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Kentucky Derby winner Animal Kingdom out for the year

Kentucky Derby winner Animal Kingdom will not race again this season after recent radiographs revealed the colt to have a slab fracture in his left hind leg.

The 3-year-old son of Leroidesanimaux was first found to have a small fissure in that same hind leg two weeks ago in the aftermath of his sixth-place finish in the Belmont Stakes.

Though it was initially thought that Animal Kingdom, from the Team Valor stable, could recover in time to race in the Breeders' Cup Classic at Churchill Downs in November, a follow-up round of radiographs revealed the fracture just above the original fissure, Team Valor CEO Barry Irwin said Wednesday.

"This is a very minor thing, like a hairline fracture," Irwin said. "It's not really separating that much and it shouldn't bother him again. It's just bad timing and bad luck."

Dr. Dean Richardson of the New Bolton Research Center in Pennsylvania will insert a screw to compress the fracture Thursday morning after which Animal Kingdom will have 90 days of rehabilitation at trainer Graham Motion's base at Fair Hill.

Rehabilitation plans call for Animal Kingdom to rest from four to six weeks. Then he will walk on the water treadmill for 90 days.

Barring further injury, long-term plans call for Animal Kingdom to be pointed toward the 2012 $10 million Dubai World Cup at Meydan Racecourse, which has a synthetic surface. Two of Animal Kingdom's three career wins have come over synthetic surfaces. It is not decided whether he would have a race before the Dubai World Cup.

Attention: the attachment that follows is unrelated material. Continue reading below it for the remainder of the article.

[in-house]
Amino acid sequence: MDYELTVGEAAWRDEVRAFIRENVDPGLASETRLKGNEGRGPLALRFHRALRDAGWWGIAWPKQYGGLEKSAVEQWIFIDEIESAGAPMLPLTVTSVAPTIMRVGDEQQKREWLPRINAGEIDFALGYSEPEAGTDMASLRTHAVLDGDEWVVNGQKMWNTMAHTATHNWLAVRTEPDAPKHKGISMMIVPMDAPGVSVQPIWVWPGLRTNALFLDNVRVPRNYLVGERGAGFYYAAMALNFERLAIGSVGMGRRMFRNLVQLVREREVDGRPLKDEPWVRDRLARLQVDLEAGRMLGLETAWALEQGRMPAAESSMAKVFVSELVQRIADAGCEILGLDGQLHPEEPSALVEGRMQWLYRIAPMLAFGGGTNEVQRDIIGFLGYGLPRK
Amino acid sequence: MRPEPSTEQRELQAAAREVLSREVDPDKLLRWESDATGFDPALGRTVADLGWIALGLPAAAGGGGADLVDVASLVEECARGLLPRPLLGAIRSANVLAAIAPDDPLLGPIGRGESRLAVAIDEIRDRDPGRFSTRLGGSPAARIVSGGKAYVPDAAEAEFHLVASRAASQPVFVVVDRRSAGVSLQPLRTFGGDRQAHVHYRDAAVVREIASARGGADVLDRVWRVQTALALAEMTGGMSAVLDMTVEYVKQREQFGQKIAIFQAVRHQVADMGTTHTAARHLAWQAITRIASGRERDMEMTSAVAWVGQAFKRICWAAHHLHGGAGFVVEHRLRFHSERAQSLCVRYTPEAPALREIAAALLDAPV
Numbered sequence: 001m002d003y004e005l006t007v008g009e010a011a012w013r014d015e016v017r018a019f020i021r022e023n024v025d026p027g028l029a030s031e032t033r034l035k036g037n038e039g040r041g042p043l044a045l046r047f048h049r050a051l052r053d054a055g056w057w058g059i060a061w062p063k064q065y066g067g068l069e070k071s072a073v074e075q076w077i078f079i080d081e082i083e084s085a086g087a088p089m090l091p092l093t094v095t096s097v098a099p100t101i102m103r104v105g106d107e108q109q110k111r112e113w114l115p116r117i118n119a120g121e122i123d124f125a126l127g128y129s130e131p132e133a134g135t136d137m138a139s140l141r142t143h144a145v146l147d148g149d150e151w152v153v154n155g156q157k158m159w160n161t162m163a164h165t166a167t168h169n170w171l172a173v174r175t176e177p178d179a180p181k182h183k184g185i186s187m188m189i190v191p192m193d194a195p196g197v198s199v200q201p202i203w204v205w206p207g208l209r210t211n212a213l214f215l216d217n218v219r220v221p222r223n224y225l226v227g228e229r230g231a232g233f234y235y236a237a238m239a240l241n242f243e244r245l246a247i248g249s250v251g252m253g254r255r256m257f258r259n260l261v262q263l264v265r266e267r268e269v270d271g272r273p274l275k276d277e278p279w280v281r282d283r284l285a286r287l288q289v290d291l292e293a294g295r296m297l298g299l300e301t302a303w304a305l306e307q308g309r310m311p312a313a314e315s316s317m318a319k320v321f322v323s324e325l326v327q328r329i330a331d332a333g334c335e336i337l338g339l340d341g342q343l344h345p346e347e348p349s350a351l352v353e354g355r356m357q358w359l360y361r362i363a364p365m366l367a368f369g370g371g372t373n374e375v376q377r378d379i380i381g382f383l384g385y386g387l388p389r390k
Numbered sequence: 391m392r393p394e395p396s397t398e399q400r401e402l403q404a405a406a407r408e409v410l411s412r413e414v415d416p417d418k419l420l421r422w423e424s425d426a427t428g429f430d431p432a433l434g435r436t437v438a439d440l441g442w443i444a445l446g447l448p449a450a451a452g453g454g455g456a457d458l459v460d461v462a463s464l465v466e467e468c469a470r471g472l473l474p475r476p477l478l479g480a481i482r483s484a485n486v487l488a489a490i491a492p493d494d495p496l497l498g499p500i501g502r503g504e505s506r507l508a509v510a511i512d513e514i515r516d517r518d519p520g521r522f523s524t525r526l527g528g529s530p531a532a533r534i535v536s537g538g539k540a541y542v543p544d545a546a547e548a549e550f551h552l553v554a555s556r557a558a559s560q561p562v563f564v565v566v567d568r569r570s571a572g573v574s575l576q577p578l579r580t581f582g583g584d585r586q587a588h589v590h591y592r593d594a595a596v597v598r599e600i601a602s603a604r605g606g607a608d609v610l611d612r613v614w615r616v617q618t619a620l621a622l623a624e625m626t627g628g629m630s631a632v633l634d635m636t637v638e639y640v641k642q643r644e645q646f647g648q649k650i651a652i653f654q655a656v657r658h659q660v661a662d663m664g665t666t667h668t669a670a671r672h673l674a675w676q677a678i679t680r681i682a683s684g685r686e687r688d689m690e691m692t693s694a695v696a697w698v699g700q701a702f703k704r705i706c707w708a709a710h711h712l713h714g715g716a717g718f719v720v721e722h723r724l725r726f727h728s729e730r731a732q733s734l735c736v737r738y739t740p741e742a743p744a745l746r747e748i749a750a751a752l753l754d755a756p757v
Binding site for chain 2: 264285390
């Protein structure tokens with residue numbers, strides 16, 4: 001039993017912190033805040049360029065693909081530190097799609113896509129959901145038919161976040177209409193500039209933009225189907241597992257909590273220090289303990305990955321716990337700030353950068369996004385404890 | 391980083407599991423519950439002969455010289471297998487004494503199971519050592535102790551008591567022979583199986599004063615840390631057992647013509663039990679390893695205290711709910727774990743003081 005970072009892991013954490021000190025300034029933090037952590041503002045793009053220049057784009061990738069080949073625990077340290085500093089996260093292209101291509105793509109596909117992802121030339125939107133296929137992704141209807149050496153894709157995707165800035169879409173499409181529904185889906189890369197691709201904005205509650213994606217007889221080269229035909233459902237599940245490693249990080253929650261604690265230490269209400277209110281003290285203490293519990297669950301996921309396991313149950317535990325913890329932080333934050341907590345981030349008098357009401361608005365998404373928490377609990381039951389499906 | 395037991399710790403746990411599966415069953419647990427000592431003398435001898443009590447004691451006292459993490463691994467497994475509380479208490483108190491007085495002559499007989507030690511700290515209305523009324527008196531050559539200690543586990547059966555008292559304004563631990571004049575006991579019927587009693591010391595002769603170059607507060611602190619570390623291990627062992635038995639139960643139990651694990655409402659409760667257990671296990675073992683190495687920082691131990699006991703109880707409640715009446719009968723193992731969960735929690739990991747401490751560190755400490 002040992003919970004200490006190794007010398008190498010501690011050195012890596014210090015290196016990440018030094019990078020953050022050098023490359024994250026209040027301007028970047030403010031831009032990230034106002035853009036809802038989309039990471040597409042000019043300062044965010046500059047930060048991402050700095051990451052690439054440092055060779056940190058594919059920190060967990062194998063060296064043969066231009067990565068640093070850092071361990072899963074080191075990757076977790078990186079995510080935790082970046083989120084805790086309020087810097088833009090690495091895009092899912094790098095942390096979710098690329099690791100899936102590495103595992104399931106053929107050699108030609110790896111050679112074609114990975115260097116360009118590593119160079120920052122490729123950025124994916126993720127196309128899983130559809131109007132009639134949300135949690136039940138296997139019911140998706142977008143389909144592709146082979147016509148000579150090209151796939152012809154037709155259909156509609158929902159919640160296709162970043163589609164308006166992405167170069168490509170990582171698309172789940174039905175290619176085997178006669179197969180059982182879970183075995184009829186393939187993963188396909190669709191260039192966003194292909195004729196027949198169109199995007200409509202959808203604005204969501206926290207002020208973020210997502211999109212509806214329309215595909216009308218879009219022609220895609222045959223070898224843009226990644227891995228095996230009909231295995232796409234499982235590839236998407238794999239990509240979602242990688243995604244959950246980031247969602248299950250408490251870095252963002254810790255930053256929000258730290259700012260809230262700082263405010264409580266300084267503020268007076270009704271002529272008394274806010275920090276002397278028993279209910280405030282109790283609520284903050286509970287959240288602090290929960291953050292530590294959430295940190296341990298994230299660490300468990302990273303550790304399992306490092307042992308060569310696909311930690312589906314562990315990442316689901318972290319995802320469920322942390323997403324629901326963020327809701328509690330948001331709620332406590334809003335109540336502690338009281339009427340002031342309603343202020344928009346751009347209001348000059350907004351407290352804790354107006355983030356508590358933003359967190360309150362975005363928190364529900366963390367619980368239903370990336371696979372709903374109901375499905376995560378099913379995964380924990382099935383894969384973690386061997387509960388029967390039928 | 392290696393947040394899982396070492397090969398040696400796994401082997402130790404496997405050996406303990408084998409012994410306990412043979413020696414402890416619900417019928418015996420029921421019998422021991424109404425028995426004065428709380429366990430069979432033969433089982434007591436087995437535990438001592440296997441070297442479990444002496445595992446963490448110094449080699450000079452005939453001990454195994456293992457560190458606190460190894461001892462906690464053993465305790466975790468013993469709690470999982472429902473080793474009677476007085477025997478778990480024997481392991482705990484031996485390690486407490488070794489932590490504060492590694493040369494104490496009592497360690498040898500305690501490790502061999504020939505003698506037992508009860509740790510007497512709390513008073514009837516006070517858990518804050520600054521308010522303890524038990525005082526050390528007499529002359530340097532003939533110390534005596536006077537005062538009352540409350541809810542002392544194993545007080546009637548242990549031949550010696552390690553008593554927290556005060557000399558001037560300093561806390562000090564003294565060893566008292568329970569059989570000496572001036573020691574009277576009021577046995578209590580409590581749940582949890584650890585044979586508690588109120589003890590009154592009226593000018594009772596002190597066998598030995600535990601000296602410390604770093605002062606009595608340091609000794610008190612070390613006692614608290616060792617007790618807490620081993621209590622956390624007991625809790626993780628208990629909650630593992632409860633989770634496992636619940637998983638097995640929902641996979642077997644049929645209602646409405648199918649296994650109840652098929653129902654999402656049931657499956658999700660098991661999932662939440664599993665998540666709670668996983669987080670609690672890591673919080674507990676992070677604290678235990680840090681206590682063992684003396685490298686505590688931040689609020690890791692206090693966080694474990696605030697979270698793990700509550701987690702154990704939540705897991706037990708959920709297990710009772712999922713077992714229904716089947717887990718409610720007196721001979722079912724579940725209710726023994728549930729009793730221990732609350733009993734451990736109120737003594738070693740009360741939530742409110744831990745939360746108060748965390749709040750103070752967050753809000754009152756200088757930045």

"No decision will be made for a while, but running Animal Kingdom in the World Cup without a prep is definitely something to consider," Irwin said.

Animal Kingdom followed his upset triumph in the Kentucky Derby with a runner-up effort behind Shackleford in the Preakness Stakes. The chestnut colt was sent off as the favorite in the Belmont Stakes but lost all chance at the start when he was bumped by Mucho Macho Man a few strides out of the gate and stumbled, nearly unseating jockey John Velazquez.

Although Irwin said he has received inquiries from farms both domestically and internationally about standing Animal Kingdom, no serious consideration has been given to retiring the colt.

"We've had interest from Kentucky, England, Japan and Ireland but I don't want to sell him," Irwin said. "I want to race him and keep going."